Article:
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Laramie Movie Scope:
The Doctor

Physician, heal thyself

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by Robert Roten, Film Critic
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September 24, 1991 -- ``The Doctor'' is one of the best new Hollywood films to hit town in recent months.

One expects a top-flight performance when William Hurt's name appears in the cast of a film and this film does not disappoint. Hurt is one of the best actors in Hollywood and he proves it again, playing an emotionally detached doctor who contracts throat cancer.

When Hurt becomes a patient in the very same hospital where he is a resident physician he learns what it is like to be treated as a number, a practice he has been guilty of. He had preached to interns that detachment and objectivity were the keys to proper medical care. He begins to realize these tools do not help the patient, but rather they serve to protect the doctor.

He has protected himself from everyone with an envelope of emotional numbness for so long that he doubts his ability to reach out to anyone again. But when he meets a young woman in the radiation treatment waiting room who has a brain tumor he is able to make contact with her. He then learns to care for his patients as human beings.

While not terribly original, this story of redemption is smartly-written, deftly-directed and convincingly acted. We get to know the characters well and the life within a large metropolitan hospital is portrayed in a very captivating way. The wacky and gruesome operating room humor is especially funny and revealing.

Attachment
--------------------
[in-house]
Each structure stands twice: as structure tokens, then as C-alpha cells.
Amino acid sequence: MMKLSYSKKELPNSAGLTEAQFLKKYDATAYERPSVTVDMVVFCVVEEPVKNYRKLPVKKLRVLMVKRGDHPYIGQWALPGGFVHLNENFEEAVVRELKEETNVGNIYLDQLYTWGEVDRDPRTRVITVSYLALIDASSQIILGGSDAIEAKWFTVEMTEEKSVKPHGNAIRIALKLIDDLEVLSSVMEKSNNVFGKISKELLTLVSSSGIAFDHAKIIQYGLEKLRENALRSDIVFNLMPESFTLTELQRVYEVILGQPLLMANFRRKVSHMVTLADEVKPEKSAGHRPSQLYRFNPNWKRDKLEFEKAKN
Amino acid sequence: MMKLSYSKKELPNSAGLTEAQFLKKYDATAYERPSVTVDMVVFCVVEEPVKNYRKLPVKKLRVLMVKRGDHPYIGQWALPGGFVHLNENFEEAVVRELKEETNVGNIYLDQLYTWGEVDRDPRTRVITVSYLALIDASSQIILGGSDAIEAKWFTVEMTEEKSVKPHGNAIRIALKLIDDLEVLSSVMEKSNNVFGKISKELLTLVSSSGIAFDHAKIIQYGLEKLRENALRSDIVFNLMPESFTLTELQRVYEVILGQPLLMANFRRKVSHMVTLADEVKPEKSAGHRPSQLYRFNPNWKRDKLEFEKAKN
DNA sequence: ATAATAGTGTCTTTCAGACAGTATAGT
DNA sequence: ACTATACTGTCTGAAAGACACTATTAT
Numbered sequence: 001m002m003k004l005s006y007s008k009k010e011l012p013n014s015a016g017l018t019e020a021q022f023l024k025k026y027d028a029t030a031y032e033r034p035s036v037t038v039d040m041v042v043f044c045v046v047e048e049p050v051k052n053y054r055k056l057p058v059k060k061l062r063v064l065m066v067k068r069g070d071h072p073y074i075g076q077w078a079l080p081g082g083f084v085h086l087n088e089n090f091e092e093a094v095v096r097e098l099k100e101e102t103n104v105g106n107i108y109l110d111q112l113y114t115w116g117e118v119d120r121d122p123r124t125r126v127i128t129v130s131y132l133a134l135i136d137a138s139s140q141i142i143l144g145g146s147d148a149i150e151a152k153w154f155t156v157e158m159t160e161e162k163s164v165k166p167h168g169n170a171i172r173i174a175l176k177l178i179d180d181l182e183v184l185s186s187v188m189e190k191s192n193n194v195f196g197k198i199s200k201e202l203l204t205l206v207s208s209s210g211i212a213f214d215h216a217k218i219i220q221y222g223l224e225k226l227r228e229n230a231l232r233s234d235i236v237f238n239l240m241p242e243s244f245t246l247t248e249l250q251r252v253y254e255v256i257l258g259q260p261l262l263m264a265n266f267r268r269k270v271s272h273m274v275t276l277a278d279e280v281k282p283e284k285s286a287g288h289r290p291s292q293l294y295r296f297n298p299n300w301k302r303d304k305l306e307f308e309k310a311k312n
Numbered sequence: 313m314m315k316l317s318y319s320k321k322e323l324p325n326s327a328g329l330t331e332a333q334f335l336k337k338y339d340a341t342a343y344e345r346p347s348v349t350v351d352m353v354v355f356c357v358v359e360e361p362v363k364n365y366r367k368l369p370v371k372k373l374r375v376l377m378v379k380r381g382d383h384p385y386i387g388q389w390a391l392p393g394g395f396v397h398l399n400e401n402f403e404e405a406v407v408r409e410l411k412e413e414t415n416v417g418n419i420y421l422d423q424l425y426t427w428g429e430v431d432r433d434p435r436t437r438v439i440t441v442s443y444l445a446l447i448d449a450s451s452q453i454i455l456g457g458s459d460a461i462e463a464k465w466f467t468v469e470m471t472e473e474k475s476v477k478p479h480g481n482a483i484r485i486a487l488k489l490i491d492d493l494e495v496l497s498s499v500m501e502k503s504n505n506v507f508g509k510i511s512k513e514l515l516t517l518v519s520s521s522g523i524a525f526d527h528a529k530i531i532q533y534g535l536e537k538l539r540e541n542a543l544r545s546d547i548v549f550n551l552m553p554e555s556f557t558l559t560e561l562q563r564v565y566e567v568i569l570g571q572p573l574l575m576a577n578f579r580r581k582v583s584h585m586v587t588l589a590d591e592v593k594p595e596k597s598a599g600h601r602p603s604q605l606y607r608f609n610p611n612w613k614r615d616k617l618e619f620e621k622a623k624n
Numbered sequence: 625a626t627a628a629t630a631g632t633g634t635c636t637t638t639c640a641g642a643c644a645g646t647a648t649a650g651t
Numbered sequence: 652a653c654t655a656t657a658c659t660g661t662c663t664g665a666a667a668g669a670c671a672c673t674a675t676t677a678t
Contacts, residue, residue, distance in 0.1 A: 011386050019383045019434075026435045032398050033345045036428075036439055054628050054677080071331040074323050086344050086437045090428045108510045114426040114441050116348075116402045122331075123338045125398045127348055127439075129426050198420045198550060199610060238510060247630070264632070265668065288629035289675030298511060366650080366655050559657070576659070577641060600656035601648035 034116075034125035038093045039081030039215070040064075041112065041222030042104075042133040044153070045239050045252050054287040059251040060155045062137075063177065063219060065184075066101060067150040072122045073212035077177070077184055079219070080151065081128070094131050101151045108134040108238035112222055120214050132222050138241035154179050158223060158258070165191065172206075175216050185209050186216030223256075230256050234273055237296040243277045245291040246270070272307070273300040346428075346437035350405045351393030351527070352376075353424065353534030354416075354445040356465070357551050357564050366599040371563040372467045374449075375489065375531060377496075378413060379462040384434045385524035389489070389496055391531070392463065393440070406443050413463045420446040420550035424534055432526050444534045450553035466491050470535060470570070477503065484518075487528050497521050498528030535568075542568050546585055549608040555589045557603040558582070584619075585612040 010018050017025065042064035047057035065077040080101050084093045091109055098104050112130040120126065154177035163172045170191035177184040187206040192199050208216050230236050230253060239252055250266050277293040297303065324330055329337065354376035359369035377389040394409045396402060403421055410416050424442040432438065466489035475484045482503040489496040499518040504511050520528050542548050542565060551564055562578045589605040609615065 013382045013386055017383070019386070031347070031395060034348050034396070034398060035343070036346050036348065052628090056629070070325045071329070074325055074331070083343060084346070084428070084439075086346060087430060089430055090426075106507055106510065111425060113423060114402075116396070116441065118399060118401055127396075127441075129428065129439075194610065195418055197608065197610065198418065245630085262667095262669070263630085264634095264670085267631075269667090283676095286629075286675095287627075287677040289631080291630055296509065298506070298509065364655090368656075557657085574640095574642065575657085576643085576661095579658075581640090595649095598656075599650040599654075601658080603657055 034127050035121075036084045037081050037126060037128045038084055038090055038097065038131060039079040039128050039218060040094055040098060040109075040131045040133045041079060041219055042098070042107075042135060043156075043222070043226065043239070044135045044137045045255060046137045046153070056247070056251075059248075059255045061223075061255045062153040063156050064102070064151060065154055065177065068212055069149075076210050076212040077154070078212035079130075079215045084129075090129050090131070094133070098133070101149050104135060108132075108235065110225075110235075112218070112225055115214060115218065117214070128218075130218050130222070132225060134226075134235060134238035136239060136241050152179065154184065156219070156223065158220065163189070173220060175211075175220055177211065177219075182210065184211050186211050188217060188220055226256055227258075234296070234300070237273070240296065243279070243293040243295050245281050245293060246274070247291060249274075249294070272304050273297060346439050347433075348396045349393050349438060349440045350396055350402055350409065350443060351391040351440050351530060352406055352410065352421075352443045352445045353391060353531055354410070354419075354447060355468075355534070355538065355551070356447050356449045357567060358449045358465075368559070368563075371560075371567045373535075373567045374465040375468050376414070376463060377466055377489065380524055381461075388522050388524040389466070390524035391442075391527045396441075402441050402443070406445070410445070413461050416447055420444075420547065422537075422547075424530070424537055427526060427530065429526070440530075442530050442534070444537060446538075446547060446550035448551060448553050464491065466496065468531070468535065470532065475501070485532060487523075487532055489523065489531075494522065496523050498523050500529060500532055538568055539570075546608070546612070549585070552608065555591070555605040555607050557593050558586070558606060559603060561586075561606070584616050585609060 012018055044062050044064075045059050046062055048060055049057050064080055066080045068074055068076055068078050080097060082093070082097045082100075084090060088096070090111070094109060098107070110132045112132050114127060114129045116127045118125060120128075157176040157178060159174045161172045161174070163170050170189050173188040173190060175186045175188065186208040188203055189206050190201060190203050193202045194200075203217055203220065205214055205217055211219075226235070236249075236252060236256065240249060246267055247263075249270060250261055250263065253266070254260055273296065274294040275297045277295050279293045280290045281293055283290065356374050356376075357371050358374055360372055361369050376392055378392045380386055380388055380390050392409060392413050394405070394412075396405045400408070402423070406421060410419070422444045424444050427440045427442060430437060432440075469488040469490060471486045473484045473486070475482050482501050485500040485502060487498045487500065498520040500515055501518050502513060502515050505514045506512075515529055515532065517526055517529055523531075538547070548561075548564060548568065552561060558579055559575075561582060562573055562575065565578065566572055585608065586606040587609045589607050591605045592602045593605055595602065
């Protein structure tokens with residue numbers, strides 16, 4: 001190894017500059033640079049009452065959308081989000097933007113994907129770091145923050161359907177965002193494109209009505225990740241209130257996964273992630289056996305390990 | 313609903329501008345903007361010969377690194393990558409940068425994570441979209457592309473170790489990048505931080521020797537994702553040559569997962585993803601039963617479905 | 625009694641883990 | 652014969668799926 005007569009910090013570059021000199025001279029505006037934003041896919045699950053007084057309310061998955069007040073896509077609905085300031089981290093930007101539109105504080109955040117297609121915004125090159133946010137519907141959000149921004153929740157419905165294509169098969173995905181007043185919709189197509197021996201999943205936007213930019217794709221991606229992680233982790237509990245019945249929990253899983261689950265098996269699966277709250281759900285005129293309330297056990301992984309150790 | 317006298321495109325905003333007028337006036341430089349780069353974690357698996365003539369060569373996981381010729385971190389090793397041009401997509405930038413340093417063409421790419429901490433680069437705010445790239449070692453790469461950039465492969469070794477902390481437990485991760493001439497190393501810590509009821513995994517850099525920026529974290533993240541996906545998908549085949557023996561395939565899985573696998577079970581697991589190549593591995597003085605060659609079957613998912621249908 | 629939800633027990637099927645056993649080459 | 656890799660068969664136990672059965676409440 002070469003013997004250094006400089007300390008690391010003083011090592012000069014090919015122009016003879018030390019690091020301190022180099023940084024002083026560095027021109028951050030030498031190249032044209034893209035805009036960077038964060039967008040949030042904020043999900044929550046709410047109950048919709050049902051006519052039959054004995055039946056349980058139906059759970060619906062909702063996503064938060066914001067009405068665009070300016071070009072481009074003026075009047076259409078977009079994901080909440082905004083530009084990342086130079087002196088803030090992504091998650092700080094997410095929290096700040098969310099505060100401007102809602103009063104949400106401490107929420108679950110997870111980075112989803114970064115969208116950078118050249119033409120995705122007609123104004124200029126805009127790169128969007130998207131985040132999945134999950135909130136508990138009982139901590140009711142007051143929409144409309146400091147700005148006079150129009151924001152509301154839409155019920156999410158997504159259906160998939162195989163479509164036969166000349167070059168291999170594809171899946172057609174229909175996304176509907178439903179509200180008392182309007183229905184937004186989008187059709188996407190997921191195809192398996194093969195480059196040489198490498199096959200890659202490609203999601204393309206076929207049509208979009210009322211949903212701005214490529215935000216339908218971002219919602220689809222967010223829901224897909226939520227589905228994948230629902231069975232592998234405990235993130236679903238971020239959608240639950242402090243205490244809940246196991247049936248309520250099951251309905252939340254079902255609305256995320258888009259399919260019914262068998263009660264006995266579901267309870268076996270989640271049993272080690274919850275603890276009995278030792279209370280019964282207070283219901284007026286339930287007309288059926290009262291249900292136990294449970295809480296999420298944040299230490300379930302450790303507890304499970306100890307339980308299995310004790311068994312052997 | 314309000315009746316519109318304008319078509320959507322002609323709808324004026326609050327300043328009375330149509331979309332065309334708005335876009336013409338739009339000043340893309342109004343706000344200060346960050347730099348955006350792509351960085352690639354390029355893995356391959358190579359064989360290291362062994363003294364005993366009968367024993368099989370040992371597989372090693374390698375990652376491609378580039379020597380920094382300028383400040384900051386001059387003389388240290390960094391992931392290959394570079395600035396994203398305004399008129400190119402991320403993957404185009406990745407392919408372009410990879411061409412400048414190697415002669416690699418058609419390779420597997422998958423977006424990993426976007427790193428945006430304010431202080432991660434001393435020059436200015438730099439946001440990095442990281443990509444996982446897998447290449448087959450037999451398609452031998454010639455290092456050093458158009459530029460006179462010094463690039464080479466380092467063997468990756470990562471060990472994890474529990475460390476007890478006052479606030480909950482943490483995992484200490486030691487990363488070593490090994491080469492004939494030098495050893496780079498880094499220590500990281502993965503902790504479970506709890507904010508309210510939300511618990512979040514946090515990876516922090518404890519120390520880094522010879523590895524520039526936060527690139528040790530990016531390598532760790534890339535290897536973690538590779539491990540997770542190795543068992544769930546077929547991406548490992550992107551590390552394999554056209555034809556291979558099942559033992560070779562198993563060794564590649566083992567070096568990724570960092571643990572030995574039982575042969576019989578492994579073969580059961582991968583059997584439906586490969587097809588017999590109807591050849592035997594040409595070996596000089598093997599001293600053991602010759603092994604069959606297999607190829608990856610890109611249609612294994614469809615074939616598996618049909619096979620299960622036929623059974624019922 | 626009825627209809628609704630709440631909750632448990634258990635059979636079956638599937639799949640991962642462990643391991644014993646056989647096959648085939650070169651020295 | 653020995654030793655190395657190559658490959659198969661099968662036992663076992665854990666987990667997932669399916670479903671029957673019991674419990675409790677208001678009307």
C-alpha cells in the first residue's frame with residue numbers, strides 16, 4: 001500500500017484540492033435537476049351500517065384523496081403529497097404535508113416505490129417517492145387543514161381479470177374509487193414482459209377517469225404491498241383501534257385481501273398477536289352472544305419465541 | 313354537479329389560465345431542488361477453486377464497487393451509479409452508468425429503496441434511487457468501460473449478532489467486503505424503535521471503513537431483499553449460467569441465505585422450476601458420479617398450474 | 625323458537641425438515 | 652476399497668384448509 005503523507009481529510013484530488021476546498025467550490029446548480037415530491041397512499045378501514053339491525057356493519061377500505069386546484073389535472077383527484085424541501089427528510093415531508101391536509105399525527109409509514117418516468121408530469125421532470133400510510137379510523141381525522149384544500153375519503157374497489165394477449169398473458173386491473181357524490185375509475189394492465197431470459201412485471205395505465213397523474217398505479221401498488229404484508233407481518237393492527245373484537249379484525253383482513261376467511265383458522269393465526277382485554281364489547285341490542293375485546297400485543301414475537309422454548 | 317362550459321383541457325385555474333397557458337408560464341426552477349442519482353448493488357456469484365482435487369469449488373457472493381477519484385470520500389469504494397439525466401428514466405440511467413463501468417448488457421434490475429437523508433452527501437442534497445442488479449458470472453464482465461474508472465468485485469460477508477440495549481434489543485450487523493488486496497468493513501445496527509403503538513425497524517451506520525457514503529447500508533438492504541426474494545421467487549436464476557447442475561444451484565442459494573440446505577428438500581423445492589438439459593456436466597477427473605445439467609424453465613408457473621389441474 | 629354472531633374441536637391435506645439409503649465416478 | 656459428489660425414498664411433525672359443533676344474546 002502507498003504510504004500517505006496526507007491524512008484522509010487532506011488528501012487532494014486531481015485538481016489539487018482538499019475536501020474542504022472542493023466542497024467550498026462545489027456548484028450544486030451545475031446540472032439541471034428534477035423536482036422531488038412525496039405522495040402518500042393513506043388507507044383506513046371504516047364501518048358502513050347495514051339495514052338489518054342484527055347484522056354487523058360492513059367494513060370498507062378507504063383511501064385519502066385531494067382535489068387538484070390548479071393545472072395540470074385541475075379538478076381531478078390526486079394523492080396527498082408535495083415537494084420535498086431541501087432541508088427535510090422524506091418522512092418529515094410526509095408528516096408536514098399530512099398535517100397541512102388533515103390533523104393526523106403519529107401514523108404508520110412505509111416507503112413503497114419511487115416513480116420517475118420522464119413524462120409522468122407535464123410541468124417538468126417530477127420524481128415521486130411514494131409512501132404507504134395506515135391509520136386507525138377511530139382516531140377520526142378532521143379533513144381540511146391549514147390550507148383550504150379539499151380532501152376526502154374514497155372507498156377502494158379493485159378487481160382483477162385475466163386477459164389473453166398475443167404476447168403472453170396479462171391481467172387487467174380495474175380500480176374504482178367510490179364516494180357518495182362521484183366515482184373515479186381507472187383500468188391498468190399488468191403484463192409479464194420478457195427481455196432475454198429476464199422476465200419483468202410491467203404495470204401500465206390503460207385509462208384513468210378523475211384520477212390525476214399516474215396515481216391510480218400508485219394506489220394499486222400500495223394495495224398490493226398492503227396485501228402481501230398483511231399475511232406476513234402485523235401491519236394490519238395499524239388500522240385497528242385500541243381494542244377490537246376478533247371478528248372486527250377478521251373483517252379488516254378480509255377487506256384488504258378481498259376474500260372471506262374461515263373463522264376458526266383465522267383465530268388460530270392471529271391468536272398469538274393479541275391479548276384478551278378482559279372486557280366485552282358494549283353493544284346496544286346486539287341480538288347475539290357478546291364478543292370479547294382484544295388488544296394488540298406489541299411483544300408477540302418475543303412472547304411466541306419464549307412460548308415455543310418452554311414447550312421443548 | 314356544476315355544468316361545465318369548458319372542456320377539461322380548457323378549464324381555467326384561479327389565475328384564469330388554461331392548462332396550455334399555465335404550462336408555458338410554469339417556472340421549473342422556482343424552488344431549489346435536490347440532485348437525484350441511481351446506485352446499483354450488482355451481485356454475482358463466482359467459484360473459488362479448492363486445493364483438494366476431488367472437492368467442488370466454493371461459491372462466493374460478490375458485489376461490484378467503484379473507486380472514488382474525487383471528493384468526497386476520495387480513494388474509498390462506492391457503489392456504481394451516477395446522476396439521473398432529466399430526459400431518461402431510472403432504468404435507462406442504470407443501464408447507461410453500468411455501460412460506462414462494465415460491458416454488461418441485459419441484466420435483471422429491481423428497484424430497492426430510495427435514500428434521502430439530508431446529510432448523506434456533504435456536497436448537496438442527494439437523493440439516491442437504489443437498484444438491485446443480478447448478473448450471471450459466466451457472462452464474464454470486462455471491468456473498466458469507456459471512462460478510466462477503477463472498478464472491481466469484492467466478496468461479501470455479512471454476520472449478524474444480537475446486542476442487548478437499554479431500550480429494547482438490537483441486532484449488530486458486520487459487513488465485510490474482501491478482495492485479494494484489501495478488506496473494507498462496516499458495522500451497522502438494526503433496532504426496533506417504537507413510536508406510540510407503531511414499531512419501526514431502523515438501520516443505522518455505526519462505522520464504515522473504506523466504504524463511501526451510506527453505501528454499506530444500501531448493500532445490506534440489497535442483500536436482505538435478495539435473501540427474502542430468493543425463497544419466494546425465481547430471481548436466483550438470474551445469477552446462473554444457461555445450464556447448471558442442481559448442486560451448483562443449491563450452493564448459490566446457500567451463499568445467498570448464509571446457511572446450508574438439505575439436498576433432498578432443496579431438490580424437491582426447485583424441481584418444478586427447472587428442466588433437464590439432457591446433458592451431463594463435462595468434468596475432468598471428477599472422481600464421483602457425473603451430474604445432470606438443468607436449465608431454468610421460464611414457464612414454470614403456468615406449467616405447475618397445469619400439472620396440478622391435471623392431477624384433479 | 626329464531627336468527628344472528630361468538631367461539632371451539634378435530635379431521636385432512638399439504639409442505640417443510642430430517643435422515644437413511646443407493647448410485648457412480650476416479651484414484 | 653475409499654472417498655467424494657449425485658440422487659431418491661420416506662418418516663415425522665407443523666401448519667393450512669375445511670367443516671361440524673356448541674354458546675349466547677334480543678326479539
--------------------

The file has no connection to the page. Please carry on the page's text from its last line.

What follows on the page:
Hurt, of course has played a character like this before. In ``Accidental Tourist,'' he played a father who had withdrawn into a shell after the death of his son.

Also performing well in the film are Christine Lahti as the doctor's wife and Elizabeth Perkins as the other cancer patient who finally gets through to the doctor.

Some have compared the plot of this movie to ``Regarding Henry,'' but while there are some similarities, there are also a lot of differences. In ``Henry'' the transformation of the character is achieved by a catastrophic injury. In ``The Doctor,'' the change is more gradual and subtle. One film is about a dramatically changed person, the other is a dramatic story of the process of gradual change from inhumanity to humanity.

This is definitely an above average film, it rates a B.

Click here for links to places to buy this movie in video and/or DVD format, the soundtrack, books, even used videos, games and lots of other stuff. I suggest you shop at least two of these places before buying anything. Prices seem to vary continuously. For more information on this film, click on this link to The Internet Movie Database. Type in the name of the movie in the search box and press enter. You will be able to find background information on the film, the actors, and links to much more information.

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Robert Roten can be reached via e-mail at my last name at lariat dot org. [Mailer button: image of letter and envelope]

(If you e-mail me with a question about this or any other movie or review, please mention the name of the movie you are asking the question about, otherwise I may have no way of knowing which film you are referring to)